# Hankel determinants of harmonic numbers

Let $H_n=\sum_{k=1}^n\frac 1 k$ be the $n$-th harmonic number with $H_0=0.$

Question: Is the following true? $$\det\left(H_{i+j}\right)_{i,j=0}^n=(-1)^n \frac{2H_{n}}{n! \prod_{j=1}^n \binom{2j}{j} \binom{2j-1}{j}}.$$

Edit: Comparing with the orthogonal polynomials whose moments are the numbers $\frac{1}{n+1}$ it suffices to show the following identity: $$\sum_{j=0}^n (-1)^j\frac{\binom n j \binom{n+j} j}{\binom{2n} n} H_j \prod_{j=0}^{n-1}\frac{(j!)^3}{(n+j)!} = (-1)^n \frac{2H_n}{n! \prod_{j=1}^n \binom{2j}{j} \binom{2j-1}{j}}.$$

• Have you check it for small $n$? – Fedor Petrov Feb 14 '17 at 12:36
• yes, I have checked it for n<50 – Johann Cigler Feb 14 '17 at 12:43
• Related: conjecture 3.9 in arxiv.org/abs/1308.2900 – Steve Huntsman Feb 14 '17 at 21:11
• See also Krattenthaler's determinant papers, i.e. section 2.7 of arxiv.org/abs/math/9902004 and section 5.4 of arxiv.org/abs/math/0503507 – Steve Huntsman Feb 14 '17 at 21:25
• @JohannCigler it looks that almost all factorials may be cancelled and we may rewrite your identity as $\sum_{j=0}^n (-1)^j\binom{n}{j}\binom{n+j}{j} H_j= 2(-1)^n H_{n}$ – Fedor Petrov Feb 16 '17 at 19:44

I prove your identity $$\sum_{j=0}^n (-1)^j\binom{n}{j}\binom{n+j}{j} H_j= 2(-1)^n H_{n}$$ which you claim to imply the result.

The method is the same as here.

At first, use $(-1)^k\binom{n+k}k=\binom{-n-1}k$. Then $$F(y):=\sum_k (-1)^k\binom{n}k\binom{n+k}ky^k=[x^n] (1+x)^n(1+xy)^{-n-1}.$$ Next, for any polynomial $F(y)=\sum c_ky^k$ we have $$\sum c_kH_k=\int_0^1 \frac{F(y)-F(1)}{y-1}dy.$$ Integration over $[0,1]$ and taking the coefficient of $x^n$ commute, thus we have to prove $$[x^n]\int_0^1\frac{(\frac{x+1}{1+xy})^n\cdot \frac1{1+xy}-\frac1{1+x}}{y-1}dy=2(-1)^nH_n.$$ A natural change of variables here is $t=(1+x)/(1+xy)$, we get that our integral equals $$-\frac{1}{1+x}\int_1^{1+x}\frac{1-t^{n+1}}{t(1-t)}dt=\frac{-\log(1+x)+H_n}{1+x}-\sum_{i=1}^n\frac{(1+x)^{i-1}}i.$$ A coefficient of $x^n$ indeed equals $2(-1)^nH_n$.

• Would you please explain how does it allow to calculate the determinant? – Fedor Petrov Feb 17 '17 at 10:00

As asked by Fedor Petrov I sketch the missing details.

If $a(n)$ is any sequence with $a(0)=1$, such that all Hankel determinants $M_n=\det\left(a(i+j)\right)_{i,j=0}^n$ are $\neq 0$, define a linear functional $L$ on the polynomials by $L(x^n)=a(n).$ Let $p_n(x)$ be the uniquely determined monic polynomials which are orthogonal with respect to $L.$ These polynomials are given by $$M_{n-1}p_n(x)= \det\left(r(i,j,x)\right)_{i,j=0}^n$$ with $r(i,j,x)=a(i+j)$ for $j<n$ and $r(i,n,x)=x^i.$

For $a(n)=\frac{1}{n+1}$ the corresponding polynomials are $p_n(x)=\sum_{j=0}^n (-1)^j\frac{\binom{n}{j}\binom{n+j}{j}}{\binom{2n}{n}}x^j.$ In this case we get $M_{n-1}=\prod_{j=0}^{n-1}\frac{(j!)^3}{(n+j)!}$ (This seems to be well known, cf. e.g. this preprint (4.2) for $a=b=q=1.$)

Now $\det\left(H_{i+j}\right)_{i,j=0}^n$ can be reduced by column operations to $\det\left(v(i,j)\right)_{i,j=0}^n$, where $v(i,0)=H_{i}$ and $v(i,j)=\frac{1}{i+j}$ for $j>0$. This is the same as replacing $x^i$ in $r(i,n,x)$ by $H_{i}.$ Therefore we get the above identity.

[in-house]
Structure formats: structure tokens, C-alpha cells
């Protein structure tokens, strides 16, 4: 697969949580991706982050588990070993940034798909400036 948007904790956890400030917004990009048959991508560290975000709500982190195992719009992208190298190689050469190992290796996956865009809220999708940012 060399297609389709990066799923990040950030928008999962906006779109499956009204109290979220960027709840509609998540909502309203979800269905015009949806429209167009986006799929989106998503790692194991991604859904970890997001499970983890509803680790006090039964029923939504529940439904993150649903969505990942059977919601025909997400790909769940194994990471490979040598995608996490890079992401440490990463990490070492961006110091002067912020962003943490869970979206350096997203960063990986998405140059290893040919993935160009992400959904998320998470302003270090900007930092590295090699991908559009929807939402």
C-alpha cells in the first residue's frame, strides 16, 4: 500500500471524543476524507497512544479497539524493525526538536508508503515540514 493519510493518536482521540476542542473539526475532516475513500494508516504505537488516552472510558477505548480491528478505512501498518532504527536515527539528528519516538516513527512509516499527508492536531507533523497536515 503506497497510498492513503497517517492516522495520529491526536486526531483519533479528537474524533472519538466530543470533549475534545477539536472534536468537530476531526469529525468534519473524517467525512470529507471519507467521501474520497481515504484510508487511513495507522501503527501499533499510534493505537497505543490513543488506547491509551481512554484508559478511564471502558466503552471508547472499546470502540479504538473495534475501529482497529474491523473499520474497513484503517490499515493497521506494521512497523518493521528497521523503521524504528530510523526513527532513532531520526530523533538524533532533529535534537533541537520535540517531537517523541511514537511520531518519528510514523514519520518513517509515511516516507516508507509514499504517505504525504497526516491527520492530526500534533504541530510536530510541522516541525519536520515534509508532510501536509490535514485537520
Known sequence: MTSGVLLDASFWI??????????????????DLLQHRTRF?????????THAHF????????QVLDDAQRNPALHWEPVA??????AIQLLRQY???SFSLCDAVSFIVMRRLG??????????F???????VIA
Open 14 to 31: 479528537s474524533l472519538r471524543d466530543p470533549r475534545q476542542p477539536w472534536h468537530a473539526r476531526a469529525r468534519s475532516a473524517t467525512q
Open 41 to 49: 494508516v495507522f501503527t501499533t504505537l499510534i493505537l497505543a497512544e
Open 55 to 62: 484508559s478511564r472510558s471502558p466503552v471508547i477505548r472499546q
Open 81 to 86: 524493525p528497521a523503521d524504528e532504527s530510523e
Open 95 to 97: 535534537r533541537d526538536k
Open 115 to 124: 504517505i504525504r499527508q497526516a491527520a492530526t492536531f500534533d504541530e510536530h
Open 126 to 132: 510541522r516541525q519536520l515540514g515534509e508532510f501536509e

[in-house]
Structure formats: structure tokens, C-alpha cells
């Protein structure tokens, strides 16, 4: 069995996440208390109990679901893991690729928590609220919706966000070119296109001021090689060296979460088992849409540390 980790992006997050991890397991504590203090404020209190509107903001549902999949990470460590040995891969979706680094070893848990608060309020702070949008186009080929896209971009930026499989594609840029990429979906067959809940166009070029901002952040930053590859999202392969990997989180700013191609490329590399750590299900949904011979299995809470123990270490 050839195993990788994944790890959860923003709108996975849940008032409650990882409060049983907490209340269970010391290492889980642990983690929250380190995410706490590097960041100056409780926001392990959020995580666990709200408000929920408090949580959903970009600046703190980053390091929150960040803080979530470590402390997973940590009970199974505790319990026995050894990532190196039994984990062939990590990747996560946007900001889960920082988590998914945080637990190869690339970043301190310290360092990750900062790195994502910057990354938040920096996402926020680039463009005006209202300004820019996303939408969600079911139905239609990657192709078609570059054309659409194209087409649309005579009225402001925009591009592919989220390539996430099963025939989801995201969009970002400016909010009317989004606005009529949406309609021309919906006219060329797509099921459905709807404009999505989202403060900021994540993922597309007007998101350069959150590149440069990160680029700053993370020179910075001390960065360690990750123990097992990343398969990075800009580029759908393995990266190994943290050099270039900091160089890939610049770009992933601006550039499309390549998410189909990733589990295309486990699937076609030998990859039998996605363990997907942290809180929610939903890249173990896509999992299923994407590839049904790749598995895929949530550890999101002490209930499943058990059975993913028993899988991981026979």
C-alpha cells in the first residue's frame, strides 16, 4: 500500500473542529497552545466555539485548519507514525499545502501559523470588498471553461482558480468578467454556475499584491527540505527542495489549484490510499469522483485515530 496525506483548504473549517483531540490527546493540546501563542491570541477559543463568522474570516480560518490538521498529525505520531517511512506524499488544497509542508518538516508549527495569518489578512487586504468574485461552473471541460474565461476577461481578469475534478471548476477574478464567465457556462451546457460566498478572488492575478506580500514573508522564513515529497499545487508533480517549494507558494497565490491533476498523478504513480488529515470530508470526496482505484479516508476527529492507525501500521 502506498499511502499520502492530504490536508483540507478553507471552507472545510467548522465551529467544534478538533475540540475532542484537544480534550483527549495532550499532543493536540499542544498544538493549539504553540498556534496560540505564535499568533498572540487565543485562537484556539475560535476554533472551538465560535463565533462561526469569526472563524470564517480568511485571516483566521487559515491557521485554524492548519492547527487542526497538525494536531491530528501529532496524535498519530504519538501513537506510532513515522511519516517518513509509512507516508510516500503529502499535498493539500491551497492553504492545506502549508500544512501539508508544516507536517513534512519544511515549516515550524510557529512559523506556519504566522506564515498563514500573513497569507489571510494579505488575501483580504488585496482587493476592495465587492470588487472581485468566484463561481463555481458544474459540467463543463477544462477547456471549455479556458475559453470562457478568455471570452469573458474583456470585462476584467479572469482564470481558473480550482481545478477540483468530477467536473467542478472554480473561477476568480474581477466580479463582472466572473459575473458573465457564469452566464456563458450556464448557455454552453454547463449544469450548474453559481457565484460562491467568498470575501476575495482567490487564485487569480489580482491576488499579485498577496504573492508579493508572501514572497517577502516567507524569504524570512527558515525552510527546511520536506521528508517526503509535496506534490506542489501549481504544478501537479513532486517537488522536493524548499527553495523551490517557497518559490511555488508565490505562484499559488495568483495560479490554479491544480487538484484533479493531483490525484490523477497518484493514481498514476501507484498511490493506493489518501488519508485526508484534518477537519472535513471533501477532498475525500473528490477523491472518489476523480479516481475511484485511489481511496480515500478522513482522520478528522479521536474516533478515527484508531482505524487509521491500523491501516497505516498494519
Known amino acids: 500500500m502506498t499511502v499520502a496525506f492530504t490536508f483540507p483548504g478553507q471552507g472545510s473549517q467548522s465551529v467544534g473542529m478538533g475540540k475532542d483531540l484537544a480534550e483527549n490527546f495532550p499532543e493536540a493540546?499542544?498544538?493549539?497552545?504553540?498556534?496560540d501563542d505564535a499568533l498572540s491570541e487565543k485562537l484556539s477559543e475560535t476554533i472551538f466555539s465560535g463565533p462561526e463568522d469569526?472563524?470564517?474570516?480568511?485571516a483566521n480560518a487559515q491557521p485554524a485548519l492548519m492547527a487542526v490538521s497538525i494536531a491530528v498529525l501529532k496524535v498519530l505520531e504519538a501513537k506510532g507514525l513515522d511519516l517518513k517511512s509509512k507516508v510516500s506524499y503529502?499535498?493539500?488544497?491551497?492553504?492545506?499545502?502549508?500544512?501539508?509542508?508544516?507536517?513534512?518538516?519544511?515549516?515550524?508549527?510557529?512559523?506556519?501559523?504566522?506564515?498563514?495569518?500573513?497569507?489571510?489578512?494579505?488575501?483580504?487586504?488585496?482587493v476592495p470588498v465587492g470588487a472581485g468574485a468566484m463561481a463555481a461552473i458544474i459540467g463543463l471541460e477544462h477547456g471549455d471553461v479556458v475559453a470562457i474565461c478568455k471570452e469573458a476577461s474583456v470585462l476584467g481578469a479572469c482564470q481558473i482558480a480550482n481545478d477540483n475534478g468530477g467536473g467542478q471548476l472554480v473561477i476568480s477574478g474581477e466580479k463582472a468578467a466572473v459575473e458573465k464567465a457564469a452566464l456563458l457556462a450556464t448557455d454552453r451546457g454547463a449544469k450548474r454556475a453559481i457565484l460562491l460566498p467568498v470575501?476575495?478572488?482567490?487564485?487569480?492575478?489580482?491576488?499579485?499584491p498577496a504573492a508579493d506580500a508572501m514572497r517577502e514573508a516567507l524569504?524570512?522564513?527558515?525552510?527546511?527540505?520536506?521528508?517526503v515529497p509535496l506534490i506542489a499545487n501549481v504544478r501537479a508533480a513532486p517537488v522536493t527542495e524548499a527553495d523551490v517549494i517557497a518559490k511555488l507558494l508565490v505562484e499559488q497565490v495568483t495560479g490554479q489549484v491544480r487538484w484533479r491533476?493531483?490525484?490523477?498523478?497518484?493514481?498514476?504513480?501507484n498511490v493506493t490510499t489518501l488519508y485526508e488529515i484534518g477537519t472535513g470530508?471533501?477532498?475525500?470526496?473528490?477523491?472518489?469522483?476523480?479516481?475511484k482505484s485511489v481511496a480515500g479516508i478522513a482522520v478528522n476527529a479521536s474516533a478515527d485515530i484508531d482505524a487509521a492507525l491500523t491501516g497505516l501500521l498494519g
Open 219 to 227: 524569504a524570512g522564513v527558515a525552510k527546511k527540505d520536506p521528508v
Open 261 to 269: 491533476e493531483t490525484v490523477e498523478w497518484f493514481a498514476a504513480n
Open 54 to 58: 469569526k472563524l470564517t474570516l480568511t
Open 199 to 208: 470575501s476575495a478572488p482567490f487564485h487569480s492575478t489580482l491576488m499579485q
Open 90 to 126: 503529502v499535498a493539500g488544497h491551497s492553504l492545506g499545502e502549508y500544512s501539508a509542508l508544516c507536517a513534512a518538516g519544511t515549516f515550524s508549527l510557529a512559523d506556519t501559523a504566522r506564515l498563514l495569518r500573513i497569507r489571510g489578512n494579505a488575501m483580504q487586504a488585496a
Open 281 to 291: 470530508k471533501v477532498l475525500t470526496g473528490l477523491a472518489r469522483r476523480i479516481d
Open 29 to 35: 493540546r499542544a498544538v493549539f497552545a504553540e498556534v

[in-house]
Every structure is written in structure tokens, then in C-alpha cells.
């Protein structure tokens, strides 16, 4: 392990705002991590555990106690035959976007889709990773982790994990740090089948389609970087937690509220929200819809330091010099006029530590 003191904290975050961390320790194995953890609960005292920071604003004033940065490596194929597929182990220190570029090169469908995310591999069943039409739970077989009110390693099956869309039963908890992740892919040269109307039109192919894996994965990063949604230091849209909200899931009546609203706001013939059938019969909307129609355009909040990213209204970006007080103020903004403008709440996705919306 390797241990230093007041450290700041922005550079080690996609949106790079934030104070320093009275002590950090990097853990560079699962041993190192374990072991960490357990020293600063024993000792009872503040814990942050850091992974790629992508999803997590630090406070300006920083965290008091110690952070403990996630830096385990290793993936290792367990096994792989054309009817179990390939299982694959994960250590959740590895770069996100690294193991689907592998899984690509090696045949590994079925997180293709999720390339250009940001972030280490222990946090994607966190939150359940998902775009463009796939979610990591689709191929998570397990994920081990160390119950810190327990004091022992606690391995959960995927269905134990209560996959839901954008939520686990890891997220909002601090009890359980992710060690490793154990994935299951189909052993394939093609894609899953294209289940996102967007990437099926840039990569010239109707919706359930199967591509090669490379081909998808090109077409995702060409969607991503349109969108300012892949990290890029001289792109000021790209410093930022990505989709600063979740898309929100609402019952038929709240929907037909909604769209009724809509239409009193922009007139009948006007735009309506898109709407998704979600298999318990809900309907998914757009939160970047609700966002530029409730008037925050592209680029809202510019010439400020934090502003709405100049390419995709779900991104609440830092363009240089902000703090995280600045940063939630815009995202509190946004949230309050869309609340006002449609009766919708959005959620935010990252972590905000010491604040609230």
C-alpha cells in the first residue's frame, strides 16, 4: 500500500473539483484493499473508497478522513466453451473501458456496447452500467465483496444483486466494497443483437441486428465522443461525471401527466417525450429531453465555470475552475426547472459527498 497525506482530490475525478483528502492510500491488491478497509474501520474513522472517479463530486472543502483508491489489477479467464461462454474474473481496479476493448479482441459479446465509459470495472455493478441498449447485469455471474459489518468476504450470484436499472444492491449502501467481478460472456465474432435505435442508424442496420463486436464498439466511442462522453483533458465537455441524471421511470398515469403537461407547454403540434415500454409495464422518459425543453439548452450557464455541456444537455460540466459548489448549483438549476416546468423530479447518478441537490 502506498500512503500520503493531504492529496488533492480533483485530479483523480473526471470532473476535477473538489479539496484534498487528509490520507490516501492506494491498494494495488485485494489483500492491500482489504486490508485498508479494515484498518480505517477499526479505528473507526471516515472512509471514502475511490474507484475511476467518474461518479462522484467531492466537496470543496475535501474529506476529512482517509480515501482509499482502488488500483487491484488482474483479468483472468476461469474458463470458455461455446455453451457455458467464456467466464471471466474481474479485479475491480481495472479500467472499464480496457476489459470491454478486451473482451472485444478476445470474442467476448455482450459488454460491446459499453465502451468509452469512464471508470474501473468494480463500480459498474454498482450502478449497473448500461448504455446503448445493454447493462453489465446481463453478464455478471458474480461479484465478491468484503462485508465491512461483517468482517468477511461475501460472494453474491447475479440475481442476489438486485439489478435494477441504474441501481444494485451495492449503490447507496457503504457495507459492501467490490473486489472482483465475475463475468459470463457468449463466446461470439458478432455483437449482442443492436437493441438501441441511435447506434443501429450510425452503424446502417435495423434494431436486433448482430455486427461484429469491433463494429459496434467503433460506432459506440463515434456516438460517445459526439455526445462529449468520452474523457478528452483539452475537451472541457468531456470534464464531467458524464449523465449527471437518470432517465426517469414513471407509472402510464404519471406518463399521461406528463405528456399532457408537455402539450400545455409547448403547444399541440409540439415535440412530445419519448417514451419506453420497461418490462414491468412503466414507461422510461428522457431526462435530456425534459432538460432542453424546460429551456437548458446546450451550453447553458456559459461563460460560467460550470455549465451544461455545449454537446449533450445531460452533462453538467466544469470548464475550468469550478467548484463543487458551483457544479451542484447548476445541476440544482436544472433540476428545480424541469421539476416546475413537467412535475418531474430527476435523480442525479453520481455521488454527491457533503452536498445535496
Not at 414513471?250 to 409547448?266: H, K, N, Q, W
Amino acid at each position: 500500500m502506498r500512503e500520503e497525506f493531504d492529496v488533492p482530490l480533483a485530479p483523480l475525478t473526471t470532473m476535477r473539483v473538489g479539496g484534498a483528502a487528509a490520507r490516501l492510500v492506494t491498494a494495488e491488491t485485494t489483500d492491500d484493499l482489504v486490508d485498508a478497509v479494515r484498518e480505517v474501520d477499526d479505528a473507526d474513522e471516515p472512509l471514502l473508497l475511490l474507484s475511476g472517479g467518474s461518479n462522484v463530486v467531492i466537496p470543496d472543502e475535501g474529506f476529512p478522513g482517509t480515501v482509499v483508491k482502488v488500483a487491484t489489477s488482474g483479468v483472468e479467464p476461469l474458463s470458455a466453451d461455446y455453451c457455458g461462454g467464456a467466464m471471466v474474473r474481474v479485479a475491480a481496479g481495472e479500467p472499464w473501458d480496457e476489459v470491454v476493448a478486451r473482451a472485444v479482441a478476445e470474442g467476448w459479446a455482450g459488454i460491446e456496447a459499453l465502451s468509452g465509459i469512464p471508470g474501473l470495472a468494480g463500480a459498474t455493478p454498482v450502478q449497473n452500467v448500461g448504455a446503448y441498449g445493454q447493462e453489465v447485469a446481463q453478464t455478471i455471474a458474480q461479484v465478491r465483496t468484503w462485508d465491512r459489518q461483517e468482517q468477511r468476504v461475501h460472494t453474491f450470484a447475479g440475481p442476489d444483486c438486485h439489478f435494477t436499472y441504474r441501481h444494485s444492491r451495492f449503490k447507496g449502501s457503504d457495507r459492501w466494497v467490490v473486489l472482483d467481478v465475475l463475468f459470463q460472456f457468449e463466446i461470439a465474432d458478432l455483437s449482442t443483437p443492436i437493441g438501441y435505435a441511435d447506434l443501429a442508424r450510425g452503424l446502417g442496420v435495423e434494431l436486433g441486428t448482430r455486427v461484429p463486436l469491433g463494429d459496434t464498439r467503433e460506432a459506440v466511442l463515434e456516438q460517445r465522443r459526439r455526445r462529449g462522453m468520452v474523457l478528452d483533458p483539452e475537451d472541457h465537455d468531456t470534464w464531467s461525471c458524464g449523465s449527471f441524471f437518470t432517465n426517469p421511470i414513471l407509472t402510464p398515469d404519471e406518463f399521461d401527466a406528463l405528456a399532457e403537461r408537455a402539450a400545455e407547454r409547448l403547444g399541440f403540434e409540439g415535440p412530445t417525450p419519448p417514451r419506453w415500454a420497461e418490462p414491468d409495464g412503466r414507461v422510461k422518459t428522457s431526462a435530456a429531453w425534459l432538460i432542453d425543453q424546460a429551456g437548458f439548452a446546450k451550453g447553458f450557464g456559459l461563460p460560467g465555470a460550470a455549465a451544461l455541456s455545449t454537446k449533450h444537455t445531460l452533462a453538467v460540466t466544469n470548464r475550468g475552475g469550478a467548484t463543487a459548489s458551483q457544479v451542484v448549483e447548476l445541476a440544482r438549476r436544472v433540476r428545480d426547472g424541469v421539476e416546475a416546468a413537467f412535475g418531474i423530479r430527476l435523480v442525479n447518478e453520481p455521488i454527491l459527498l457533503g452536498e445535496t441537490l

• But there are many monic polynomials of degree $n$ for which $L(p)=0$. – Fedor Petrov Feb 17 '17 at 21:18
• Sorry, the mistake has been corrected. – Johann Cigler Feb 18 '17 at 9:44
• You mean that $L$ define a scalar product of polynomials by $(f,g)=L(fg)$? – Fedor Petrov Feb 18 '17 at 9:48
• @ Fedor Petrov: Yes. – Johann Cigler Feb 18 '17 at 11:20

We propose a proof (somewhat different from Fedor's) for the crucial relation $$\sum_{j=0}^n (-1)^j\binom{n}{j}\binom{n+j}{j} H_j= 2(-1)^n H_{n}.\tag1$$ To this end, define the polynomials $$P_n(x):=\sum_{j=0}^n (-1)^j\binom{n}{j}\binom{n+j}{j}\binom{x+j}j.$$ Zeilberger's algorithm returns the recurrence $$(n+2)^2P_{n+2}(x)+(2n+3)(2x+1)P_{n+1}(x)-(n+1)^2P_n(x)=0.\tag2$$ Using the fact that $[x]\binom{x+j}j=H_j,\, [x]x\binom{x+j}j=1,\, P_{n+1}(0)=(-1)^{n+1}$ (see Remark below), induction on equation (1) and applied to (2) leads to: $$(n+2)^2[x]P_{n+2}(x)+(2n+3)[2(-1)^{n+1}+2(-1)^{n+1}H_{n+1}]-(n+1)^22(-1)^nH_n=0.$$ A direct simplification shows $$(n+2)^2[x]P_{n+2}(x) =2(n+2)^2(-1)^{n+2}H_{n+2},$$ which completes the induction process and the proof.

Remark. The identity $(-1)^nP_n(0)=\sum_{j=0}^n (-1)^{n-j}\binom{n}{j}\binom{n+j}{j}=1$ is easily provable by the Wilf-Zeilberger methodology. See my answer here as a further illustration.

• This is a very nice proof. Unfortunately I cannot accept two answers. – Johann Cigler Feb 19 '17 at 10:04
• Only a minor comment: the middle term of the last formula should be omitted. – Johann Cigler Feb 19 '17 at 10:07
• @JohannCigler: I deleted one item, assuming that was what you were pointing to. – T. Amdeberhan Feb 19 '17 at 12:25
• The identity in the remark is Vandermonde-Chu: substitute $(-1)^j\binom{n+j}{j}=\binom{-n-1}j$ and $\binom{n}j=\binom{n}{n-j}$. – Fedor Petrov Feb 19 '17 at 13:39
• @FedorPetrov: Yes, that is another way. – T. Amdeberhan Feb 19 '17 at 13:46

Identities involving harmonic numbers that are of interest for physicists, Utilitas Mathematica 83 (2010), 291-299, H. Prodinger.

This paper contains the identity (1) as well.

Now starts Johann Cigler's big birthday (in 5 minutes). Hereby, I will send my best regards on the occasion.